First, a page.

Gessler Hires Ex-Hackstaff Lawyer To Harass Hickenlooper

Scott Gessler.

Scott Gessler.

Keeping it in the family, the Denver Post's Kurtis Lee reports:

Republican Colorado Secretary of State Scott Gessler has hired an attorney with ties to his old law firm to file a bold court order against Gov. John Hickenlooper in an effort to force the governor to set election dates in the recalls of two Democratic state lawmakers.

In a writ of mandamus, filed in Denver District Court over the weekend by attorney Steven Klenda, Gessler asks for an “expedited/emergency hearing” because Hickenlooper, a Democrat, has “refused to perform his constitutional duty to set a date for an election to recall” Senate President John Morse, D-Colorado Springs, and Sen. Angela Giron, D-Pueblo…

FOX 31's Eli Stokols explains the backstory, and reported the news first:

Generally, Republicans believe that the Democrats’ strategy is to delay the process as much as possible.

Democrats, on the other hand, believe that Republicans want the election set before the end of summer — and the return of students at Colorado College, something that could tip the scales in an election.

That Gessler’s office would file suit has an obvious political subtext: Gessler is likely to challenge Hickenlooper for the governorship next fall.

The Post's Lee did note an important detail that Stokols missed, though it's obvious: Secretary of State Scott Gessler, a likely gubernatorial candidate in 2014, didn't use the Attorney General's office to file this suit. There are a few possible explanations for that, but the most obvious ones indeed make this appear to be politically motivated. That would, of course, be consistent with behavior from Gessler throughout the recall process.

The bottom line is that Gov. John Hickenlooper believes the "clock" mandating the setting of an election date per the state constitution should start after legal challenges are resolved, while those seeking to recall Senators John Morse and Angela Giron want it set as quickly as possible, regardless of the status of those legal challenges. In Morse's case, the students at Colorado College, located in SD-11, weigh heavily into both sides' strategy. Residence halls at Colorado College begin to open to students in late August, with classes beginning September 2nd. Morse needs those student voters–and Republicans need them to not be there.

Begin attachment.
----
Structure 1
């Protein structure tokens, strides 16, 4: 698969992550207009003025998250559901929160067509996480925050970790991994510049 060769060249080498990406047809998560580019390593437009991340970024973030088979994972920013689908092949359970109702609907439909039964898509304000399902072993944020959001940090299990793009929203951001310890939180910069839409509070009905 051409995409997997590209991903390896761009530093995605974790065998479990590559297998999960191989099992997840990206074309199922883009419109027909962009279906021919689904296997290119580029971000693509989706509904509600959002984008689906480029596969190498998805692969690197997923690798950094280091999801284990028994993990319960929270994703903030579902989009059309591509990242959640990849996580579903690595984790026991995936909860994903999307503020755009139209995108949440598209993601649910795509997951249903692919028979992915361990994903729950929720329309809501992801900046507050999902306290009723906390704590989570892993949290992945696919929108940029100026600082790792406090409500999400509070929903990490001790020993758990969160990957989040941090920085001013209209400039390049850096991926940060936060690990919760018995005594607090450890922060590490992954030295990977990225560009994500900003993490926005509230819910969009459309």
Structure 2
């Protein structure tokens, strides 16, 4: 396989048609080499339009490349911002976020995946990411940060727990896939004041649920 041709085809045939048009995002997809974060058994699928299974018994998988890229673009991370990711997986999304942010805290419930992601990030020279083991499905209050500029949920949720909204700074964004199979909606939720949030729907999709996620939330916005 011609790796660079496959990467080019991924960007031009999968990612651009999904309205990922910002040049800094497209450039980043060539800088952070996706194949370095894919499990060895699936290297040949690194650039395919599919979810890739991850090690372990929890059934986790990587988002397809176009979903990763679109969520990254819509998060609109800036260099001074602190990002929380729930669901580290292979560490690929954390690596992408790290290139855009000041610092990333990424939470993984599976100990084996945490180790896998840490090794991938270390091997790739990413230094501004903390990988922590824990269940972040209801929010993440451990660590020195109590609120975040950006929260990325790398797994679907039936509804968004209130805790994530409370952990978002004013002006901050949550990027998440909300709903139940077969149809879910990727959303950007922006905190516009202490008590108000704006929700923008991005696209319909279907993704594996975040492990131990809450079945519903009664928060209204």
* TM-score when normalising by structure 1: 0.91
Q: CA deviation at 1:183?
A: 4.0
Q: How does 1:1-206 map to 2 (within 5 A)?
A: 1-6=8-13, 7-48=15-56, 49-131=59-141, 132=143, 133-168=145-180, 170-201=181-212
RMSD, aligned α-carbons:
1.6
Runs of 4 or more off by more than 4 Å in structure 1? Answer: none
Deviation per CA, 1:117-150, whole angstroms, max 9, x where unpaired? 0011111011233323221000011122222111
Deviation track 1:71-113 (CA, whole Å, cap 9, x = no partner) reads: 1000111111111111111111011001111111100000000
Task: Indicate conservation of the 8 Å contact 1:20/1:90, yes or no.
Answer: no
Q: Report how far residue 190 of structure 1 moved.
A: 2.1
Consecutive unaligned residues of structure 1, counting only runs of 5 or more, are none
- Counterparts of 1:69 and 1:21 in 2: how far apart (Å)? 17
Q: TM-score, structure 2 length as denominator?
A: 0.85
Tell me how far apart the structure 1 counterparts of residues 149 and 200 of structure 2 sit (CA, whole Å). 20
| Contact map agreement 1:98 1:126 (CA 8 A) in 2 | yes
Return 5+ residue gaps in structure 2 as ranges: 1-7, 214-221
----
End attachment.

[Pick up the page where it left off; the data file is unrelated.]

There are two distinct issues in play here, but the common theme for Gessler appears to be pure political advantage: in the short run to help the recalls succeed, and in the long run to use the whole business against Hickenlooper in his gubernatorial campaign next year. We'll update as this story develops.

11 Community Comments, Facebook Comments

  1. Moderatus says:

    What a crock. Gessler is doing his duty, and Hickenlooper looks desperate.

    • MADCO says:

      It's a waste of money.

       

      The election will be held not more than 60 days after the petition was deemed sufficient but not within 30 days after. However, if a general election is within 90 days of filing, then the recall election will beheld in conjunction with the general election.

       

      Pretty sure the sufficiency was less than two weeks ago.

      • Republican 36 says:

        Colorado statues section 1-12-111 states:

        If the recall petition is held to be sufficient under section 1-12-108(8)(c) and after the time for protest has passed, the designated election official, without delay, shall set a date for the recall election not less than forty-five nor more than seventy-five days after the petition has been deemed sufficient and the time for protest has passed;" (Emphasis added)